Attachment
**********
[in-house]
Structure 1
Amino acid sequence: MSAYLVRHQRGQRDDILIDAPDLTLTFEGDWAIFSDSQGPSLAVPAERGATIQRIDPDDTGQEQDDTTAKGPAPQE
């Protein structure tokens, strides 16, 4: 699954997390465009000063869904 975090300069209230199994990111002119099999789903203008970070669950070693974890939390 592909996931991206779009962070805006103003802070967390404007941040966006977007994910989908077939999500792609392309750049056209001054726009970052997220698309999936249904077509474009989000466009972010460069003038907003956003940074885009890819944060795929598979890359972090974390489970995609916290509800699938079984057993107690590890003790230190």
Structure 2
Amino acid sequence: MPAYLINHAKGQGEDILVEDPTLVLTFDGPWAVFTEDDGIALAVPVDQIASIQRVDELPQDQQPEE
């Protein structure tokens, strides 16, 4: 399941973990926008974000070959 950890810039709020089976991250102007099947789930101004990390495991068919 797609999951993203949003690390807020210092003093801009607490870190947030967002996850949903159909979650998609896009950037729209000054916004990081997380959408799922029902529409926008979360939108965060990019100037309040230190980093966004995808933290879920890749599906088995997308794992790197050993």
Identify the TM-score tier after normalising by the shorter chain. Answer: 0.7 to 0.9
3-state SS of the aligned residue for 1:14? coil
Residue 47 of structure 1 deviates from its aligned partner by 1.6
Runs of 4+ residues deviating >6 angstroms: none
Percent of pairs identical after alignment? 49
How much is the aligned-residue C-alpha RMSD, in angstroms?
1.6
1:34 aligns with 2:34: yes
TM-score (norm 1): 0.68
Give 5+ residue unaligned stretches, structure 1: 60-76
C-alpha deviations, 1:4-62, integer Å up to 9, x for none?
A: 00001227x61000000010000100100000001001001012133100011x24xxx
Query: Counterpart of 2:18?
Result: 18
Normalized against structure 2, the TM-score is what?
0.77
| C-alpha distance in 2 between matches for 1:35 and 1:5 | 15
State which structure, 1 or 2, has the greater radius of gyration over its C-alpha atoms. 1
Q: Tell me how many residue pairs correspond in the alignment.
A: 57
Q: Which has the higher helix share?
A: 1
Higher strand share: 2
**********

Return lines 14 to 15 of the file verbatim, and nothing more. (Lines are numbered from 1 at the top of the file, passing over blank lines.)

1.6
1:34 aligns with 2:34: yes